Newborns delivered by C-section to bond skin-to-skin in Toronto study
Sunnybrook hospital offering 'kangaroo care' to some mothers and babies
Some babies born by caesarean section at a Toronto hospital will be able to bond with mom with skin-to-skin contact immediately after delivery to gain health benefits.
Birthing experts advocate skin-to-skin or kangaroo care — putting the baby directly on the mother’s upper abdomen soon after a vaginal birth.
"Skin-to-skin contact immediately after birth helps babies regulate their temperature and glucose levels," says Dr. Jon Barrett, chief of maternal-fetal medicine at Sunnybrook Health Sciences Centre in Toronto.
"It promotes bonding, and babies often initiate breastfeeding on their own from that position as well," he added in a release.
Usually when babies are born by C-section, mom gets her first cuddle about three to five minutes after the newborn is clean and receives routine care.
Maria Montano-Lalla, 35, of Markham, Ont., said she wanted to enjoy skin-to-skin contact. Her son Tomas, who is now 20 months old, evidently had other plans when he was found in a knees-to-face breech position during labour.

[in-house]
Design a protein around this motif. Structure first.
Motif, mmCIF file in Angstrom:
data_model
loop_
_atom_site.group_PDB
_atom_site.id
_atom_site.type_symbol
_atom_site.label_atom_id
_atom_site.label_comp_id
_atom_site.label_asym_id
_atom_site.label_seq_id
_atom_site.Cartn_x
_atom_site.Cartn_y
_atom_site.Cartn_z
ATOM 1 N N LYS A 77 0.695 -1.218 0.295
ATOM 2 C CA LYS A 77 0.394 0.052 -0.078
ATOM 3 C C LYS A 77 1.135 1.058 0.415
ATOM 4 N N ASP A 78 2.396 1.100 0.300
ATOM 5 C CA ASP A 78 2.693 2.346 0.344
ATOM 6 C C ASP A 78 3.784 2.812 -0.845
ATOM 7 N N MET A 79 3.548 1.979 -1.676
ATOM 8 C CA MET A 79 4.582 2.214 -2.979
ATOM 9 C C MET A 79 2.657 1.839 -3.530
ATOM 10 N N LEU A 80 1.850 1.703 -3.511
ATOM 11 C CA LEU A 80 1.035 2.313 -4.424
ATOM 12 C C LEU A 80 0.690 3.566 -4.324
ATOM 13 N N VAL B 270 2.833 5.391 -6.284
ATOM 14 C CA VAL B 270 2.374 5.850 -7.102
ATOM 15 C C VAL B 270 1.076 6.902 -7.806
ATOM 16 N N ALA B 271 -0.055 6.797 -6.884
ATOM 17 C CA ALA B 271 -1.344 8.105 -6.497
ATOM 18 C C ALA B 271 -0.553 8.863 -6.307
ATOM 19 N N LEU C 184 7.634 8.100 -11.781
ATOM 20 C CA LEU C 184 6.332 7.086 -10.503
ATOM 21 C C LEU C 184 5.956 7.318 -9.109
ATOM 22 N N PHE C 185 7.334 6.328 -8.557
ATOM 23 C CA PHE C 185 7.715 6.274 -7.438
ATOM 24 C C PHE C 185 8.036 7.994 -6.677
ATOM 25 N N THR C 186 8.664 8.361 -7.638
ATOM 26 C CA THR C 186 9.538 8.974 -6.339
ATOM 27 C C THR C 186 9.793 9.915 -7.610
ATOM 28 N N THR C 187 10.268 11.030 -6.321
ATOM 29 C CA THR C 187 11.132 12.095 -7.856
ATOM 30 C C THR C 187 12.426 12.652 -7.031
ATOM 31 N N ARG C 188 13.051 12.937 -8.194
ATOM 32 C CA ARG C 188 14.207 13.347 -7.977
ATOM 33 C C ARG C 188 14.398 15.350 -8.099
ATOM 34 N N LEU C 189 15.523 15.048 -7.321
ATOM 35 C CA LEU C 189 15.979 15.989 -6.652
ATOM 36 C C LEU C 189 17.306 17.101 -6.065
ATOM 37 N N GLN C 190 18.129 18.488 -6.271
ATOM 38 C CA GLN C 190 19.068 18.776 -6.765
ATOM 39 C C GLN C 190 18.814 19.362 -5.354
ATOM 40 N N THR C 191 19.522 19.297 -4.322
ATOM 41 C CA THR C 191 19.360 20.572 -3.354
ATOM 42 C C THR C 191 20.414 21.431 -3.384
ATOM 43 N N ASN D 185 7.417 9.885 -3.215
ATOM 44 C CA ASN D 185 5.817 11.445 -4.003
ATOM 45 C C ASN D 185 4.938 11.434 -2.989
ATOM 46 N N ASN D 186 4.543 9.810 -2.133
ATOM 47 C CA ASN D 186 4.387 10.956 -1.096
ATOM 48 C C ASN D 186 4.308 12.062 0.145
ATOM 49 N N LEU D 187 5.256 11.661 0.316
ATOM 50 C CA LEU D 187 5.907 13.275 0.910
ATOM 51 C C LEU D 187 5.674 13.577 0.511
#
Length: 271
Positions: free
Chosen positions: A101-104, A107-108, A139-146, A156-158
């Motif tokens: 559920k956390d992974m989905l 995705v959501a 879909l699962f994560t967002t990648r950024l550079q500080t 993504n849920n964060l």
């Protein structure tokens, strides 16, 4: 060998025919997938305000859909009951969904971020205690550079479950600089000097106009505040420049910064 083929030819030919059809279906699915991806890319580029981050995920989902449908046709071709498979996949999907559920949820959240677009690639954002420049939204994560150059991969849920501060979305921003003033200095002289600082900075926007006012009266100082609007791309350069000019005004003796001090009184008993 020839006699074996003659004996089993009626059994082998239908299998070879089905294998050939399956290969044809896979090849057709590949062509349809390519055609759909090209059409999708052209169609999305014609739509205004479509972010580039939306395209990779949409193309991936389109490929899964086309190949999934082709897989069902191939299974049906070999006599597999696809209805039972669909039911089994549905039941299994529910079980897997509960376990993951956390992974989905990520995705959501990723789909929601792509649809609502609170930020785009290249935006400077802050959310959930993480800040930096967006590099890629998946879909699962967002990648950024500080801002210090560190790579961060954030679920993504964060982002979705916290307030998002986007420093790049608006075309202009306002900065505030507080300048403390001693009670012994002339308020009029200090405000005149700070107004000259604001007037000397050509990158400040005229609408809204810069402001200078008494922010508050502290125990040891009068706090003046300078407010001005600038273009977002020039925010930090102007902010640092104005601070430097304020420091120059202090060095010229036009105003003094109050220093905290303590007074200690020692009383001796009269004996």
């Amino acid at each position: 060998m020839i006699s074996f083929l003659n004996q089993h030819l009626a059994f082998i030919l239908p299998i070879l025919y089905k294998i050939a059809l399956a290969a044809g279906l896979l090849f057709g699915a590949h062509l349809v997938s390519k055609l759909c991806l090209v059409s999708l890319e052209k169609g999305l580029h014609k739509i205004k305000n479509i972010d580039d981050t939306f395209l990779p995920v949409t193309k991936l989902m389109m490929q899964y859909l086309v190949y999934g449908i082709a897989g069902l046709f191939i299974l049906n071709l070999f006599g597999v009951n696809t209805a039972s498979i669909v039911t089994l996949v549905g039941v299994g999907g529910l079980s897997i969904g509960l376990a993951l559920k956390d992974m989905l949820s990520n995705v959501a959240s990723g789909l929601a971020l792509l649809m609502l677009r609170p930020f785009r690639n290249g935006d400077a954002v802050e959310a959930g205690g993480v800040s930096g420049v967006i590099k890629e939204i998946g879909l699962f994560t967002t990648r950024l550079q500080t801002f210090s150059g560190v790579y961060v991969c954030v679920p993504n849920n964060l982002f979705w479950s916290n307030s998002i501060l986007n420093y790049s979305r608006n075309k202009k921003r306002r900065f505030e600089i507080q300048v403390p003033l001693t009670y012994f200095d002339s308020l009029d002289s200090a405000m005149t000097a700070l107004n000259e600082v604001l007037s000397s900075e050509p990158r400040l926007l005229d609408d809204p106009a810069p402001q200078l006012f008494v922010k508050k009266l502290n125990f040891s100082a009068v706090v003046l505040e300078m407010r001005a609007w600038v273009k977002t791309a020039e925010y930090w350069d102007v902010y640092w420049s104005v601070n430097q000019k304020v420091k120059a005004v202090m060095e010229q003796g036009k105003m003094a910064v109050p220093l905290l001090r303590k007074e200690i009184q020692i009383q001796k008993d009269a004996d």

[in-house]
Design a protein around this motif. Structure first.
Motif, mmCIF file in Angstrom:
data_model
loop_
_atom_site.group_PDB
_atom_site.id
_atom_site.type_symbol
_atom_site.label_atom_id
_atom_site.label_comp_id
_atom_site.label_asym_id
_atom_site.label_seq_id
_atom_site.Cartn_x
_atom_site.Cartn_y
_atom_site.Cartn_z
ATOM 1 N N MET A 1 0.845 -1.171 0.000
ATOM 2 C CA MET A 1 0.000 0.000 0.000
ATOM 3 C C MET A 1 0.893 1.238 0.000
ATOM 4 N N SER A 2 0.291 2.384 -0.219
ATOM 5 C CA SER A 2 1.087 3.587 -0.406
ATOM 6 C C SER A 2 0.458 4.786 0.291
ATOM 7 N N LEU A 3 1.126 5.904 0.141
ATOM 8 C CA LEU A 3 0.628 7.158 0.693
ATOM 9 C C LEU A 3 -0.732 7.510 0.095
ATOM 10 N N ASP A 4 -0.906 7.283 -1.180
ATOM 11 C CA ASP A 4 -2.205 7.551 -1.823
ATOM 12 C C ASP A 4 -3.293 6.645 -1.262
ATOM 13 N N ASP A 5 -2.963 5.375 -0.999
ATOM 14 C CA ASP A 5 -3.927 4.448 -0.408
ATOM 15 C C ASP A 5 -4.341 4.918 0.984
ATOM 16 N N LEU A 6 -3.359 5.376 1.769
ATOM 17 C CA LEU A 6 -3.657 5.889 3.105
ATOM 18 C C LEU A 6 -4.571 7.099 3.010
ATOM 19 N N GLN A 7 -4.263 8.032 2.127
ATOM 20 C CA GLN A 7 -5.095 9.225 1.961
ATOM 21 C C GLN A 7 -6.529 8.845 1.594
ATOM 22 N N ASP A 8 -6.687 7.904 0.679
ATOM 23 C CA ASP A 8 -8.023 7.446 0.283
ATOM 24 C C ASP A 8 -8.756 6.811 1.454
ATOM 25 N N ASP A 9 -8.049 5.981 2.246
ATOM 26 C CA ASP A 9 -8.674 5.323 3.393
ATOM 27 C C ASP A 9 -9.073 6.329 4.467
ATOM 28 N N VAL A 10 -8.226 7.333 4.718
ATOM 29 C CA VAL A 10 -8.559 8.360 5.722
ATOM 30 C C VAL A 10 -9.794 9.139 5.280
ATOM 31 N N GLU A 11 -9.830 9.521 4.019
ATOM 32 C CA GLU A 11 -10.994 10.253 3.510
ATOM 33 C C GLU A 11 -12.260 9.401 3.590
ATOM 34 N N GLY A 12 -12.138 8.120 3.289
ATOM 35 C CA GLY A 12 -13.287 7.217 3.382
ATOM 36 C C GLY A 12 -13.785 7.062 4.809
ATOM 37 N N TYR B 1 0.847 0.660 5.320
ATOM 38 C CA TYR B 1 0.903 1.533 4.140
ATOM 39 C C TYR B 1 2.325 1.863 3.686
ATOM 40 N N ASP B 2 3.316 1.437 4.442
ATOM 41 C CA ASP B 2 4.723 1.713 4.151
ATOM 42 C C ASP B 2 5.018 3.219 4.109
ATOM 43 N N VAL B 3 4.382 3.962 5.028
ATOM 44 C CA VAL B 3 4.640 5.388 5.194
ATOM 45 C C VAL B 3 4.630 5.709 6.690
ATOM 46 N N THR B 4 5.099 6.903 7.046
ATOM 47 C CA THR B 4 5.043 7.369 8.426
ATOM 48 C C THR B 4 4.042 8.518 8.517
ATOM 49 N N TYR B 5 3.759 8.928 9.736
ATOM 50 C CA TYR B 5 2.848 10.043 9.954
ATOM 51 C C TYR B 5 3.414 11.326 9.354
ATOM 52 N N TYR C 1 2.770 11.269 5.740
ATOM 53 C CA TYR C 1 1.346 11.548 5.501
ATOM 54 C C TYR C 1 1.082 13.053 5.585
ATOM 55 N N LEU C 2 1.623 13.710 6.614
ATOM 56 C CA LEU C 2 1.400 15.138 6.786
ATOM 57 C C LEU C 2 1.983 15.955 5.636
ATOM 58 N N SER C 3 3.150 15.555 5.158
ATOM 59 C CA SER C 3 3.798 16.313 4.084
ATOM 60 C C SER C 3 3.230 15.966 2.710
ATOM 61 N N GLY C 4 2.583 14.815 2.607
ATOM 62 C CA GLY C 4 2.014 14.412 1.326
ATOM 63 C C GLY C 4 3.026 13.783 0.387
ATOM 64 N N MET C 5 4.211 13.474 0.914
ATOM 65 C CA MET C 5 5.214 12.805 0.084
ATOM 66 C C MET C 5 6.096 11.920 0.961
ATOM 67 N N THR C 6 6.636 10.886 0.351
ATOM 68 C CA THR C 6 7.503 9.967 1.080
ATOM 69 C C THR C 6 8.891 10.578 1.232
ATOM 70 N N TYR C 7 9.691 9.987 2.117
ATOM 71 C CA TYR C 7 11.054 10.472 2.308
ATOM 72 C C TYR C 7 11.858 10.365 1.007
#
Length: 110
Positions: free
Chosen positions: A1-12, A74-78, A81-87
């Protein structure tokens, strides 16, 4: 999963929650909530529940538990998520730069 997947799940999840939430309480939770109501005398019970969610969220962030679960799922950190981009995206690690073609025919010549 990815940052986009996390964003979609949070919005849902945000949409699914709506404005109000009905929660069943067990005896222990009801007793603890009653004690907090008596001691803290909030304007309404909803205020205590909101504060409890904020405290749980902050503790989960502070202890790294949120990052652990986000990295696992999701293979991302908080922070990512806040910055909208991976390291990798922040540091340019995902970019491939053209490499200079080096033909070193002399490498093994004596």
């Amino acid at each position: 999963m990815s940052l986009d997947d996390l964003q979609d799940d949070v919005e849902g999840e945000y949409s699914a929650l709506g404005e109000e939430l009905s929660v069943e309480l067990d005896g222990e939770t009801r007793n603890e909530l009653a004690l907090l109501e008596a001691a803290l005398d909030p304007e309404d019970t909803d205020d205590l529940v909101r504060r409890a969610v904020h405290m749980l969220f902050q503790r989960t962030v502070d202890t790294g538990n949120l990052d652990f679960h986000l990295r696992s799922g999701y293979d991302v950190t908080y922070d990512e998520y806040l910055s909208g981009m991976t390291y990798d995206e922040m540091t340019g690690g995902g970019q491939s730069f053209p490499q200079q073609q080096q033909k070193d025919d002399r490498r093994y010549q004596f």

She was told they wouldn’t be doing skin-to-skin immediately, which she regrets even though she recognizes it was out of her hands.
"I didn't have that initial, 'Here, here's your baby' like other moms would have," Montano-Lalla said. "I just feel like it was a regret and obviously it was out of my hands."
Dad Lino Lalla held Tomas skin to skin after he was cleaned up and during the 10 minutes his mom was being stitched up.
"He didn't get to cut the umbilical cord but he got to do that, which I think trumps that whole umbilical thing. He smells you, you go through so many emotions. It's so important."
Montano-Lalla calls Sunnybrook’s approach fantastic.
Barrett noted that skin-to-skin C-section isn’t always an option, even in low-risk deliveries. It isn’t appropriate in emergency C-sections.
The obstetrician also needs to be experienced and an extra member of the medical staff needs to be in the operating room.
With files from CBC's Amina Zafar